Harriet’s parents were initially unconcerned, as Harriet would often go visit her grandmother, who lived in the same neighborhood, after school. Once enough time had passed, Harriet’s parents went to the grandmother’s house, and learned that Harriet had not been there. They then learned that she had not been to school, and concern turned into panic.
Again, searches by law enforcement turned up nothing.
Soon after Harriet’s disappearance, some school children reported a man in his 50’s, who had been hanging around the school and trying to engage the children in conversation. One of the teachers reported this to police.
A man was brought in for questioning, and initially refused to tell officers his name, but later stated his name was John Hoffman. He said he lived in the basement at 3 South Hawk Street, and that he ‘looked after some furnaces’ on Chestnut Street. He admitted that he knew Harriet, but said he had not seen her on the day she went missing.
Children from the school identified him as the man who had been hanging around the school, but he was not held by police.
After checking city directories from 1921, the address Hoffman gave of 3 South Hawk Street matched up to a Lillian Adelhoven. No other residents were listed at that address, and the only John Hoffmans in the directory were listed in different parts of Albany, most were married with their own families, none had occupations relating to furnaces. Lillian Josephine Adelhoven was single at the time, and would later marry machinist Robert Smith Dailey on April 17, 1922. Robert and Lillian (Adelhoven) Dailey lived at 3 South Hawk St as late as 1960. According to the 1930 census, they had several lodgers living with them. None were named John Hoffman, or had any occupations pertaining to furnaces. Additionally, in 1920, the house at 3 South Hawk St was owned by a widow named Agnes Dixon. Her occupation is listed as Keeper – Rooming House. There were a few lodgers staying there at that time, as well. So although there’s no sign of a John Hoffman, and that was probably not his real name, it is possible that he actually did live there.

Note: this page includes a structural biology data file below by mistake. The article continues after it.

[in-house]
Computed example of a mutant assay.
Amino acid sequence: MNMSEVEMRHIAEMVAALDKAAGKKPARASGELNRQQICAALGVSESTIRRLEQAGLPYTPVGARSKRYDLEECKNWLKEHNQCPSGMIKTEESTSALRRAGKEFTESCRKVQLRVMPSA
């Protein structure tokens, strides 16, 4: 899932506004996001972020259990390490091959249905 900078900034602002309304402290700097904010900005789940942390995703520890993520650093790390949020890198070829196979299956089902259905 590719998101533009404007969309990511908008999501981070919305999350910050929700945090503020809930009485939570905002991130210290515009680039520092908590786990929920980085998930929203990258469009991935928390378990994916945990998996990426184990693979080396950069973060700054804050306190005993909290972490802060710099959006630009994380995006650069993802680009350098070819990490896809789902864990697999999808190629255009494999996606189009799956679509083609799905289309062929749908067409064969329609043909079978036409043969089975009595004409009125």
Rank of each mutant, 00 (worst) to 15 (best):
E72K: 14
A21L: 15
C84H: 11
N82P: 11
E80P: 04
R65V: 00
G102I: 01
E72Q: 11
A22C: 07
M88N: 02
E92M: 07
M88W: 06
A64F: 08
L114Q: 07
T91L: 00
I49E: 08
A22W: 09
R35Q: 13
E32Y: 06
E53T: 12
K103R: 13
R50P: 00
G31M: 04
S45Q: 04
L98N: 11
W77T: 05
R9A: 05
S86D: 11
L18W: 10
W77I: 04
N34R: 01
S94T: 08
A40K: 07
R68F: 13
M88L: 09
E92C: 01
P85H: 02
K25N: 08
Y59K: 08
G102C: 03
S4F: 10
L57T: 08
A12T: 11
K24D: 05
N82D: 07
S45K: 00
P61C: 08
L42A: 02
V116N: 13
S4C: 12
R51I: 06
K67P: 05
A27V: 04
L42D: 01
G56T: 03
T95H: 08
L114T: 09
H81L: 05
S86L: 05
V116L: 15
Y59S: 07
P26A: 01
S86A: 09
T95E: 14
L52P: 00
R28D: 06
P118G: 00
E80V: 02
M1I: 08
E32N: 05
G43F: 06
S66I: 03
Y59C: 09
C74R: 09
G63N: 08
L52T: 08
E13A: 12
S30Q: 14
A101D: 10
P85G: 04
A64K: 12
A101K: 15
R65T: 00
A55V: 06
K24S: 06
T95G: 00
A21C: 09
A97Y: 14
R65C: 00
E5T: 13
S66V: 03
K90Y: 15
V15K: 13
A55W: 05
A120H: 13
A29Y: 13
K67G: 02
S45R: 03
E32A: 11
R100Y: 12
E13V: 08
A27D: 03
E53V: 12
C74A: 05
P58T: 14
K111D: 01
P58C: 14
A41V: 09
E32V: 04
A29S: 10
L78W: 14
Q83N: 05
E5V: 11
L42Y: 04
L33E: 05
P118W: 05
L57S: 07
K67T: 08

I could not find any indication that Harriet has ever been found, either.
I seem to recall some time ago, which searching through the unidentifieds on NamUs, there was one – I thought New York, but possibly New Jersey or another surrounding state – that was believed to have died in the first half of the 20th century, with no further narrowing of the time of death. I recall a mention of cement, and a facial imprint that had been made by the skull. I thought the remains had been found in the 1980’s or earlier, but I can no longer find it. I remember, at the time, wondering if it could belong to Dorothy Arnold. I wonder if it’s been identified, or if I’m just remembering a piece of it incorrectly.
Someone claiming to be a descendant of Elixes Stockburger’s brother, Frederick, shared a recollection of a family bible, in which Frederick had written (with regard to Elixes) “STOLEN AWAY”. Another family member, in the 1990’s had inscribed “and to this day, have never heard whether dead or alive, they lived in Albany at the time – I do remember the talk about it at the time. . .”
It does not appear that either Elixes or Harriet’s cases are open investigations, therefore they are not listed on NamUs or other databases. It seems that back in those days, they just closed the case if no leads turned up after a certain amount of time.
I want it to be known that these girls existed, and that they are missing, in the event that their remains are found.